Texas: Grand Jury Indicts Major Oil Pipeline Company for Air Pollution Crimes

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Texas: Grand Jury Indicts Major Oil Pipeline Company

The Associated Press

CORPUS CHRISTI, Texas (AP) - A federal grand jury has indicted one of the nation's biggest oil pipeline companies for alleged air pollution crimes in Texas, even though the company disclosed the problem to regulators and fixed the problems.

The indictment charges Koch Industries Inc., its subsidiary Koch Petroleum Group and four employees with 97 felonies for problems dating to 1995 with the cancer-linked pollutant benzene at a Corpus Christi plant.

The company disclosed the problems to Texas regulators and corrected them, but the indictment alleges Koch engaged in a conspiracy and lied to Texas officials.

"Companies that produce dangerous pollutants simply cannot focus on profit and efficiency at the expense of a community's health," Assistant Attorney General Lois Schiffer said in announcing the indictment by the grand jury.

Koch spokesman Jay Rosser disputed the allegations as "not consistent with the facts."

Wichita, Kan.-based Koch said it disclosed the problems to Texas in 1995, fixed them within months, and has been in compliance on the benzene issue for more than four years.

"The government has got this one wrong," Rosser said. "The government is unjustly charging the honest, hardworking employees who discovered an issue with a new, complex regulatory requirement, investigated the issue, self-reported it to the appropriate regulatory officials, and took the steps necessary to address it."

Though Koch has been one of the GOP's most generous donors, Texas Gov. George W. Bush's administration joined in the investigation and hailed the indictment.

"The Texas Natural Resource Conservation Commission takes very seriously its responsibility to enforce all environmental laws to protect public health and the environment," commission executive director Jeff Saitas said in a press release.

Vice President Al Gore's campaign and Democrats have attacked Bush for several weeks for being easy on oil companies and not aggressively addressing air pollution in Texas - charges the Texas governor disputes.

Bush campaign spokesman Dan Barlett dismissed Gore's charge. "Governor Bush has a strong environmental compliance record which holds companies in Texas responsible for their actions," he said. "Our environmental agencies are working with Justice Department to help in any way we can to make sure Koch Industries is held accountable for their actions as well, if necessary." Gore's campaign seized on the announcement.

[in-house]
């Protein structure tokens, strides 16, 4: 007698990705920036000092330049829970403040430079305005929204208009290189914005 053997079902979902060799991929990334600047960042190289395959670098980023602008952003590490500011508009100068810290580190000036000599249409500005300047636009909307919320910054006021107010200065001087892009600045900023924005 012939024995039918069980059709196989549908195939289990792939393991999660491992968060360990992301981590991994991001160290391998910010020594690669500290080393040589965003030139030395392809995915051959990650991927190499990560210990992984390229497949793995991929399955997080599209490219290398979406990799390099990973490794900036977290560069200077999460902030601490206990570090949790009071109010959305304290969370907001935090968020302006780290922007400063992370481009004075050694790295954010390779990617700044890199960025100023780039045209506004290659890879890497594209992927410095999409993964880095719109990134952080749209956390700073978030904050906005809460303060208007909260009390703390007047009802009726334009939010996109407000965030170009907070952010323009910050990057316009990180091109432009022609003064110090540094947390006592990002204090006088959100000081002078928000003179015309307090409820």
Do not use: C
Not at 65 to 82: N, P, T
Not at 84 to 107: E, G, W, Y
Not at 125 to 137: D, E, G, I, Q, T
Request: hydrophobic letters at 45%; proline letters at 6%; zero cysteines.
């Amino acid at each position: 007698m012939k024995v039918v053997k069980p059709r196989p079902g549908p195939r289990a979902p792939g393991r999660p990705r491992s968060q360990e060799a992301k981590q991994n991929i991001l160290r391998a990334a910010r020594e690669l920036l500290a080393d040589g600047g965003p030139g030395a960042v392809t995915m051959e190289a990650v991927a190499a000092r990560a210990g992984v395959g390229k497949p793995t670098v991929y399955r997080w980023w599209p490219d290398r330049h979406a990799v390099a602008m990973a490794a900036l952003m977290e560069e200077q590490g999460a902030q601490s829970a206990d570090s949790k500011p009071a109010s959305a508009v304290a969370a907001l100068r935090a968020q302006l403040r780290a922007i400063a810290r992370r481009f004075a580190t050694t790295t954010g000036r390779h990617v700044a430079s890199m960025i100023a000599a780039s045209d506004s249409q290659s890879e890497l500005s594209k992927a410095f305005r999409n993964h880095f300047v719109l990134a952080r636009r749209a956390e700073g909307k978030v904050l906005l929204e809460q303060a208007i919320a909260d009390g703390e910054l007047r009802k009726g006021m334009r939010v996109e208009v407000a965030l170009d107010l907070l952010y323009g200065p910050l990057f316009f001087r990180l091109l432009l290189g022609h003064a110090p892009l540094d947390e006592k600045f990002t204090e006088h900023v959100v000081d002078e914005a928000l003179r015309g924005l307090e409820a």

"George W. Bush has aided and abetted big oil and big polluters in Texas," said Gore spokesman Chris Lehane. "He took a huge amount of money from Koch industries and then allowed them to continue polluting at the expense of the people of Texas."

The indictment charges Koch with violating the Clean Air Act by among other things failing to install required emission control devices in 1995 at its Corpus Christi refinery, and using a device to destroy benzene fumes that could not handle the high levels routed to it.

The Justice Department said the anti-pollution device "would often shut down for extended periods, meaning the refinery "intentionally vented large amounts of untreated benzene fumes directly to the atmosphere."

The government also alleged the company didn't report the violations properly under rules that took effect in 1995.

Benzene is a byproduct of the oil refining process that has been linked to cancer and has been considered a hazardous air pollutant by the federal government since 1977.

The Associated Press first reported last month that the Justice Department was pursuing the indictment against Koch, a half-million-dollar donor to the GOP.

The company and executive David Koch have donated at least $215,000 to the Republican Party this election, and its employees have chipped in $27,500 to Bush's presidential bid. In addition, the company has given $225,000 in political action committee donations to GOP congressional candidates. The government first pursued a criminal investigation against Koch after a company whistleblower emerged in 1996.

A central focus of the investigation was Koch's choice of words in documents it filed with the government in early 1996 that declared the company "maintains continuous compliance" with the benzene reporting requirements of the Clean Air Act - without mentioning its earlier problems.

Koch has had previous environmental problems. Earlier this year, it settled a case involving oil leaks in six states with a record $35 million payment to the government. And it pleaded guilty in Minnesota to discharging oil into streams, paying an $8 million penalty.

The company is striving to change its image and this summer won praise for voluntarily committing to reduce ozone levels in Corpus Christi.


-- Carl Jenkins (Somewherepress@aol.com), September 29, 2000

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